Chris Lu

White House Cabinet Secretary (2009-2013)

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(Christopher Lu)

Why He Matters

Chris Lu, President Obama’s chief liaison to the Cabinet, is leaving his post after four years. Obama has asked him to consider serving in another White House post after taking some time off.

“Chris Lu is one of my longest-serving and closest advisors, first crafting my legislative agenda in the Senate, then leading my Presidential transition, and most recently, managing my relations with the Cabinet,” Obama said in a statement. “Through his dedication and tireless efforts, Chris has overseen one of the most stable and effective Cabinets in history — a Cabinet that has produced extraordinary accomplishments over the past four years.”

Lu has been at President Barack Obama's side since Obama came to Washington in 2005 as a senator from Illinois. Lu had spent the previous eight years as a counsel for the House Oversight and Government Reform Committee before signing on as Obama's legislative director. During Obama's presidential campaign, Lu's top priority was monitoring Obama's Senate votes, but after Obama won the presidential election he named Lu executive director of the transition team.

That led to an appointment as White House Cabinet secretary, which acts as a liaison between the White House and the Cabinet. Lu


At a Glance

  • Career History: Executive Director of President Barack Obama's transition team (Nov. 2008-Jan. 2009); Legislative Director for Sen. Barack Obama (D-Ill.) (2005 to 2008); Special Adviser for Communications for Sen. John F. Kerry's (D-Mass.) presidential campaign (2004); Deputy Chief Counsel for the Democratic staff on the House Oversight and Government Reform Committee (1997 to 2005)
  • Birthday: June 12, 1966
  • Hometown: Born in New Jersey and raised in Rockville, Md.
  • Alma Mater: Princeton University, B.A., 1988; Harvard Law School, J.D., 1991
  • Web site

Path to Power

Lu was born in New Jersey and raised in Maryland. His parents came to the United States from Taiwan as graduate students in the 1960s. Lu grew up listening to the news and reading biographies of famous statesmen with his father, an electrical engineer who loved history. Lu became interested in politics, and has said he was grateful that his parents encouraged him to study whatever interested him. His grandfather, Wang Ren-Yuan, was Taiwan's Attorney General from 1970 to 1976 and was a representative in the Legislative Yuan.

Lu graduated from Princeton's Wilson School (his time there overlapped with the future Michelle Obama by one year but they did not know each other) and worked on the Daily Princetonian, eventually as the school paper's news editor. "I learned to write, to think quickly, to meet deadlines, all at the 'Prince,' " he said. "It was really the best education I ever got." He stayed involved with the paper and he served on the board of trustees until his work in politics became too much of a time commitment.

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The Issues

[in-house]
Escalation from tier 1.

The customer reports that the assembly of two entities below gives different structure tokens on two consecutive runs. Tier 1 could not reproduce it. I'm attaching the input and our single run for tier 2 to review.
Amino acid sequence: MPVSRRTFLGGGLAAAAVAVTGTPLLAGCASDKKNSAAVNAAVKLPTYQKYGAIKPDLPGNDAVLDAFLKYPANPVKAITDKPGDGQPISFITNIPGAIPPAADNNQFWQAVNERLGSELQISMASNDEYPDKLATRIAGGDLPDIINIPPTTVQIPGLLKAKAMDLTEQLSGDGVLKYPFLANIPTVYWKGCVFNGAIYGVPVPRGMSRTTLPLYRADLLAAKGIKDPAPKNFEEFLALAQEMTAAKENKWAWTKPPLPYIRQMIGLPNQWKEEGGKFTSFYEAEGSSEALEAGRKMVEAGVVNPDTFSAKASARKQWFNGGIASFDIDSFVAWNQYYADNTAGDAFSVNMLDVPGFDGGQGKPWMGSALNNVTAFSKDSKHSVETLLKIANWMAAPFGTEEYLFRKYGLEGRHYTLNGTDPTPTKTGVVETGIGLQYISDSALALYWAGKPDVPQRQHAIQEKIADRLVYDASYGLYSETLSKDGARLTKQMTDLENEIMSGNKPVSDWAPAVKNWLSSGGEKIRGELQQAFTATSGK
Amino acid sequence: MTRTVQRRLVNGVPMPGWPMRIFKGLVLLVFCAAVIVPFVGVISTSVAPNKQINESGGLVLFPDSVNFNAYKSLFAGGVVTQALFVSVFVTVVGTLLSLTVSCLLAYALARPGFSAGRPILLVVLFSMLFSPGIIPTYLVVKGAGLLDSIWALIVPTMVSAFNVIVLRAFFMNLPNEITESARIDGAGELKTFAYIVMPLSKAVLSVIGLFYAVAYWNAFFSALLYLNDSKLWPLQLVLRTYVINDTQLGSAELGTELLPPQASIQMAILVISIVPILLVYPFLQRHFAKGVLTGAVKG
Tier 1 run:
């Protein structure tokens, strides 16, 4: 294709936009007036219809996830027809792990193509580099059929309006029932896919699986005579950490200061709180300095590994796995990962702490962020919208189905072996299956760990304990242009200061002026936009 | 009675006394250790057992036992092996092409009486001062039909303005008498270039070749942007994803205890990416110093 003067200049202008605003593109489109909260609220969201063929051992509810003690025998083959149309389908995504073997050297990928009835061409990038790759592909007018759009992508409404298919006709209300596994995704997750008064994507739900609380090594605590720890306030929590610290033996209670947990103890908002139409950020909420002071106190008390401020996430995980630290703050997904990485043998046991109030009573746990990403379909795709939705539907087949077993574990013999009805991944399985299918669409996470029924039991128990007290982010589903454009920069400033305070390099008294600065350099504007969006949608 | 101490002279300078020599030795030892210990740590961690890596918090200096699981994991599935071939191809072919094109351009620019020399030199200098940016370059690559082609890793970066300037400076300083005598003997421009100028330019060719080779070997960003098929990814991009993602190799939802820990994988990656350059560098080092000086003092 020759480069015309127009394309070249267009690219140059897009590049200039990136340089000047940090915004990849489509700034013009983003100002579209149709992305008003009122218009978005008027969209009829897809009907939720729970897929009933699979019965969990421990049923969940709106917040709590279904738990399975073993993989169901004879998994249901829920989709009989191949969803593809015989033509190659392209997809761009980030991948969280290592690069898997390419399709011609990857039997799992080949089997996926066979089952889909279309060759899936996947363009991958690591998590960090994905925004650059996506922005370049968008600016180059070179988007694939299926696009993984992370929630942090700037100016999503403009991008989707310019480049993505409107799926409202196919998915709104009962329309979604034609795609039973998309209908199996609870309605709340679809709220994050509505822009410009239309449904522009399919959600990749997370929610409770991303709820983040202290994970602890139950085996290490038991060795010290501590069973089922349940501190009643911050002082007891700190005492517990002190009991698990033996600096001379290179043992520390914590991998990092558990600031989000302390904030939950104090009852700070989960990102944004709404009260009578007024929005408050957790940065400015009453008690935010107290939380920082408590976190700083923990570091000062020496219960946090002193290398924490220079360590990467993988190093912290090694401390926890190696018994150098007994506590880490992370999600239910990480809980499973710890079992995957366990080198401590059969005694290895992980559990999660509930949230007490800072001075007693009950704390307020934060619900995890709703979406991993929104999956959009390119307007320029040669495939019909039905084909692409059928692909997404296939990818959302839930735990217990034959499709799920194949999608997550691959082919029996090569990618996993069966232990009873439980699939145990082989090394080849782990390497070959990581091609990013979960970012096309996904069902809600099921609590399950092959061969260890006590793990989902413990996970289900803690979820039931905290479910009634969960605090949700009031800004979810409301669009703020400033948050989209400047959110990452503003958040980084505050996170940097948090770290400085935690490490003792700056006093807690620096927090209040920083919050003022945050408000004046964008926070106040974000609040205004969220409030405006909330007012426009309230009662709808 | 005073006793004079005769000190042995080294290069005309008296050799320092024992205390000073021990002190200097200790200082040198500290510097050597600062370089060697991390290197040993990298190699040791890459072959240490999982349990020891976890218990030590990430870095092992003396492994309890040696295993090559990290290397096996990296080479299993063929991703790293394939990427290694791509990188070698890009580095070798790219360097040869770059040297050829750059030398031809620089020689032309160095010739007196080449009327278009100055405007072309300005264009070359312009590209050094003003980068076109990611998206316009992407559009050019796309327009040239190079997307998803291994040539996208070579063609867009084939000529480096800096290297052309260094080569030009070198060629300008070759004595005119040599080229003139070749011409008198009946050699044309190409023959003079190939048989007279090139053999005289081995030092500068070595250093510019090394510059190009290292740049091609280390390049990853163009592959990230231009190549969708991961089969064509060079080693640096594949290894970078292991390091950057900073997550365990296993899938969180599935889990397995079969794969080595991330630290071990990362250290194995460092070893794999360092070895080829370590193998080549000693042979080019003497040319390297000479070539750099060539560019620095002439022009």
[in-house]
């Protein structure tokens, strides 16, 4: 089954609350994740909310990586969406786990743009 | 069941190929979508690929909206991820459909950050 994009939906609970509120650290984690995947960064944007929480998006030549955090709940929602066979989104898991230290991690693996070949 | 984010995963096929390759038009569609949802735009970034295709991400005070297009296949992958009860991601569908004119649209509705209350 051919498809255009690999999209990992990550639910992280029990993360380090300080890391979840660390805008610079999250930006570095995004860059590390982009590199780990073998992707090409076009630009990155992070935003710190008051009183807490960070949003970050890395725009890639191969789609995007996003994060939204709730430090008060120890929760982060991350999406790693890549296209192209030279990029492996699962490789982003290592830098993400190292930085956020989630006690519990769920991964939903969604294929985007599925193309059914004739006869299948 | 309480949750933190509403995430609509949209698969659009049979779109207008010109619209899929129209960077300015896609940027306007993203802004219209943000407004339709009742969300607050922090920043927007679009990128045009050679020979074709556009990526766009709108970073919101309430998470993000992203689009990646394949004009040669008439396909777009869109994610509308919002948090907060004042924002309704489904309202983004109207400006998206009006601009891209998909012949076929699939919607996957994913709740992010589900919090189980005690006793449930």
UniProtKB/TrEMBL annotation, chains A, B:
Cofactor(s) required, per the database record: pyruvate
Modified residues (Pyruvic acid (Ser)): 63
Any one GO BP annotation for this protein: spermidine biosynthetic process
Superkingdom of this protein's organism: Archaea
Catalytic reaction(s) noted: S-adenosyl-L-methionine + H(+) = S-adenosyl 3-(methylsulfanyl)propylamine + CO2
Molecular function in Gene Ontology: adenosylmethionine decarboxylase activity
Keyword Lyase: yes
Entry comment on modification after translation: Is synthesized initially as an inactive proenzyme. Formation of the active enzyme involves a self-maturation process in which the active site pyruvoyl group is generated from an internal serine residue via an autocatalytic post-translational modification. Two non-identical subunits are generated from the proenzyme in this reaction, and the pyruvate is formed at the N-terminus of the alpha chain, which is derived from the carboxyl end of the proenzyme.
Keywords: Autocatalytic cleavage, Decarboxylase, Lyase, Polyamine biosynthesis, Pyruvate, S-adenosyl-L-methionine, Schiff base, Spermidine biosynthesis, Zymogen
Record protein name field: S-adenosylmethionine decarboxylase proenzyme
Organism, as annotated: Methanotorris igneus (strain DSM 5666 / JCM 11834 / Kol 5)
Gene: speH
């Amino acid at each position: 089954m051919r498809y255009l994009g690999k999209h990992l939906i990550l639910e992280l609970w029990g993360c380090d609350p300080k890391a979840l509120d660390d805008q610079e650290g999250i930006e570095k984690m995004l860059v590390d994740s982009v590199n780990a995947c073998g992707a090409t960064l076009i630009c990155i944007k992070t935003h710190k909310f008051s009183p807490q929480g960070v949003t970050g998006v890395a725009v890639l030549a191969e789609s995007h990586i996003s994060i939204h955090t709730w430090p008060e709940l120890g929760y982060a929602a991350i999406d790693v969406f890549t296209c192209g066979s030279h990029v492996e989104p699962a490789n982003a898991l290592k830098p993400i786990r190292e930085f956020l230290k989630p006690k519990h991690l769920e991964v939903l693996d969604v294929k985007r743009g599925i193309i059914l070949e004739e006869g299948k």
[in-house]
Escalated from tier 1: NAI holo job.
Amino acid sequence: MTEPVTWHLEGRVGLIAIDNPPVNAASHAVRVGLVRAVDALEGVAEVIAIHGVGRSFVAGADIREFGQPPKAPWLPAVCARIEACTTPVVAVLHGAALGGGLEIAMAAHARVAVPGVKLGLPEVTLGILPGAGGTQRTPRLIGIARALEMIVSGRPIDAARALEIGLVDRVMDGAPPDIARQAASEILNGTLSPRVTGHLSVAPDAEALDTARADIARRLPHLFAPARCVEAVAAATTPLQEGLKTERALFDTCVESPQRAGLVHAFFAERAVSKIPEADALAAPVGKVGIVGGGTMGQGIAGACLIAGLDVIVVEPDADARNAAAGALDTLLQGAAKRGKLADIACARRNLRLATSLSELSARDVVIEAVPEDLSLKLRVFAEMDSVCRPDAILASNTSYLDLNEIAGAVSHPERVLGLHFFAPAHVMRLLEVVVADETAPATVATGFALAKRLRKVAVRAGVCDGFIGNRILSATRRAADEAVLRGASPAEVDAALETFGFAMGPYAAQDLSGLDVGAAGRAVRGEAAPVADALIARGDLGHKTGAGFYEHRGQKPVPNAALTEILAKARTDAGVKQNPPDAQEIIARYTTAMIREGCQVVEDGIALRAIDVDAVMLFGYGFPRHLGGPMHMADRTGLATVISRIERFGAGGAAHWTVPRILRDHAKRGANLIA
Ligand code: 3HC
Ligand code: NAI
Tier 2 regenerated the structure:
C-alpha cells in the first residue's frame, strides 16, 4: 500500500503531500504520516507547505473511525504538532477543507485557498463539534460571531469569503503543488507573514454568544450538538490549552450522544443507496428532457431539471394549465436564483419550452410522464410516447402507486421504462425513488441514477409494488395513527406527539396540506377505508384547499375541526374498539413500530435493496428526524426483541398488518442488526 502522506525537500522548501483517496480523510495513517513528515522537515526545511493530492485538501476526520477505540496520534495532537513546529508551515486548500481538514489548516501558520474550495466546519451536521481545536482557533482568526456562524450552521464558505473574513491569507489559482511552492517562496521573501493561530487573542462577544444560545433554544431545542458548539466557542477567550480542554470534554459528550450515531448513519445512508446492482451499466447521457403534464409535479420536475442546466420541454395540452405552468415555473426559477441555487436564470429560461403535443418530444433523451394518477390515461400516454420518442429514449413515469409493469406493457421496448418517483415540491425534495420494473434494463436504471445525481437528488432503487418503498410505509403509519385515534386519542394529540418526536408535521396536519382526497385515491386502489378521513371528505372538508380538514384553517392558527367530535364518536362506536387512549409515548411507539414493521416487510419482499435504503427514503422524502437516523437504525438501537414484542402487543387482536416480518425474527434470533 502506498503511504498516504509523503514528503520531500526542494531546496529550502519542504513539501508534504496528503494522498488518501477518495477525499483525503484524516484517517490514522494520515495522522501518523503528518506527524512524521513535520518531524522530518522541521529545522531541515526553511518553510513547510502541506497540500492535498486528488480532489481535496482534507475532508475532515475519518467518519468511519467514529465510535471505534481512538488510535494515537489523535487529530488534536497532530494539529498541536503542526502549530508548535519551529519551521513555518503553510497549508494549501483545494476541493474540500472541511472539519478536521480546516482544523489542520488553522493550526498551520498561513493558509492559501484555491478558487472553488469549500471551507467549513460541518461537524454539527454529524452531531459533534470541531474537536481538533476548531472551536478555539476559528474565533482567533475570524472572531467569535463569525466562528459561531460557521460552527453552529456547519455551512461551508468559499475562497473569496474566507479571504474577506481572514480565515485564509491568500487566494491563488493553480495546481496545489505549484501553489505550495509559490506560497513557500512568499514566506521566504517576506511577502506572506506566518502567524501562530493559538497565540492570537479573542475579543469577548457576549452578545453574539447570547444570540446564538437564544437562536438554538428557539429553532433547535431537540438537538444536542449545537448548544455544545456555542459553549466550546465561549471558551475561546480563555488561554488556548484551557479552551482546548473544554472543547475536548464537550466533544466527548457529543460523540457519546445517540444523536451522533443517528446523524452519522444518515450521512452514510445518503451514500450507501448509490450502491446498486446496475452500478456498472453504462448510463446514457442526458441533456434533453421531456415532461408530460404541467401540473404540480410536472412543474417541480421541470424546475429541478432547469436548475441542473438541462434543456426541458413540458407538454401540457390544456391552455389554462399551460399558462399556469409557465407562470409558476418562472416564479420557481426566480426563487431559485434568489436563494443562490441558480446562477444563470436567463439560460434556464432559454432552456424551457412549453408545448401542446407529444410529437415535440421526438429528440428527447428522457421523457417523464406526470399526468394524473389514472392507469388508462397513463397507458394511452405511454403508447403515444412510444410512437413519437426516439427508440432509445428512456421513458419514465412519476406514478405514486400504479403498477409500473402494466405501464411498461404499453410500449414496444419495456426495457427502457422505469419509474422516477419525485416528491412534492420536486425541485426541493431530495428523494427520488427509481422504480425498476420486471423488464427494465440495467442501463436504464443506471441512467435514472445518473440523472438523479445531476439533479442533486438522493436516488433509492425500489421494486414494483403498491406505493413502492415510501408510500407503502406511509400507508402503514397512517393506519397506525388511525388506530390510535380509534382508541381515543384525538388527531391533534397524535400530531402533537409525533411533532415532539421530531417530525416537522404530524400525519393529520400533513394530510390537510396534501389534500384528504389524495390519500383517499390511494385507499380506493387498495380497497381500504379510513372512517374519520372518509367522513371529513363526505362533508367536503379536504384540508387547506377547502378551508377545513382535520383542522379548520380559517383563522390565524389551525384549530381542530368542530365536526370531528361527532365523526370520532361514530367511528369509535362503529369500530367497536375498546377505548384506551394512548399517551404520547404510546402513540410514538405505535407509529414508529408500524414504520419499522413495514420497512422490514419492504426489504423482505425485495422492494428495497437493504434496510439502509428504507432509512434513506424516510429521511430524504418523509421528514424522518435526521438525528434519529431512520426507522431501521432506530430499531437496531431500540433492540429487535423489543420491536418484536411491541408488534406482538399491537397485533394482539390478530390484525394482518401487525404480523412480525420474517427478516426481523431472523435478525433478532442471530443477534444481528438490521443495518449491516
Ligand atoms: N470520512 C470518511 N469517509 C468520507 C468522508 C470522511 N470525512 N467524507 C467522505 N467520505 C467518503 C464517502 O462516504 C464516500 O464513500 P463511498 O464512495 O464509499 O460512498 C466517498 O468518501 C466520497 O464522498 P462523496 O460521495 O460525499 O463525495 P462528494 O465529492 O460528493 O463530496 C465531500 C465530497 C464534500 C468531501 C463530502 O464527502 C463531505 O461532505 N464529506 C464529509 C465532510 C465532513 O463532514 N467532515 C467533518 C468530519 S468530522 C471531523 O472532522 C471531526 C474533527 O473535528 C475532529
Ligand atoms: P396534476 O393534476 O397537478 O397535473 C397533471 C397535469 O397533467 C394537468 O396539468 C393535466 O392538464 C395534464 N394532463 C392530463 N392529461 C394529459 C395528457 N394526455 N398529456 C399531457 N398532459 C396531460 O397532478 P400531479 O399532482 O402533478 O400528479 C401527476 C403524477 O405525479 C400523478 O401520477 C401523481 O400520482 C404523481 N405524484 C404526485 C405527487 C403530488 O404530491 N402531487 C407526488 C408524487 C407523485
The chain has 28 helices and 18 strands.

Lu had his hand in all the important decisions Obama made in his four years in the Senate. Lu described his job as paying attention to "every bill that [Obama] introduce[d] and every vote that he [cast], every speech he [made], and how he [spent] every minute of every day." He oversaw a staff of 15 that drafted legislation Obama presented and floor speeches the senator gave.

As an attorney for the House Oversight and Government Reform Committee, Lu led investigations into campaign fundraising during the 1996 presidential election and the collapse of Enron. He has also said that affordable education is an issue that is particularly important to him. "A child of immigrants from China, I know the issue on the minds of my parents was how to send their kids to college - and that's why I think it's an important signal that the first piece of legislation that Barack Obama introduced when he came to Washington was to increase the amount of Pell grants to help more kids attend college, and as a member of the U.S. Senate, he worked closely with Sen. [Edward] Kennedy to get that increase signed into law," he said.


The Network

For seven years, Lu worked for the House Oversight and Government Reform Committee, where he drafted legislation and conducted investigations for Rep. Henry A. Waxman (D-Calif.) and Democratic chief of staff Phil Schiliro. He also worked on Sen. John F. Kerry's communications team during Kerry's 2004 run for president.

(photo courtesy White House / Pete Souza)


Additional Resources

  1. "Spotlight on Christopher Lu," Obama for America, July 25, 2008
  2. "4 join senior Obama team," Orlando Sentinel (Florida), Nov. 20, 2008
  3. Lynn Sweet, "Obama's next step; What's in line for Emanuel, Bill Daley, Jarrett?" The Chicago Sun-Times, Oct. 27, 2008
  4. Cornelia Hall, "Obama taps Princeton alum to run transition," The Daily Princetonian via UWIRE, Nov. 7, 2008
  5. "People: Revolving Door," National Journal's CongressDaily, March 1, 2005
  6. Aziz Hanifa, "Time for community to flex political muscle, says Mike Honda," India Abroad (New York), Oct. 10, 2008
  7. Cornelia Hall, "Obama taps Princeton alum to run transition," The Daily Princetonian via UWIRE, Nov. 7, 2008
  8. Christine Chiu, "Chinese-American Chief of Staff Chris Lu assists Obama; A Harvard Classmate, in decision-making core group," The World Journal, April 20, 2008
  9. Cornelia Hall, "Obama taps Princeton alum to run transition," The Daily Princetonian via UWIRE, Nov. 7, 2008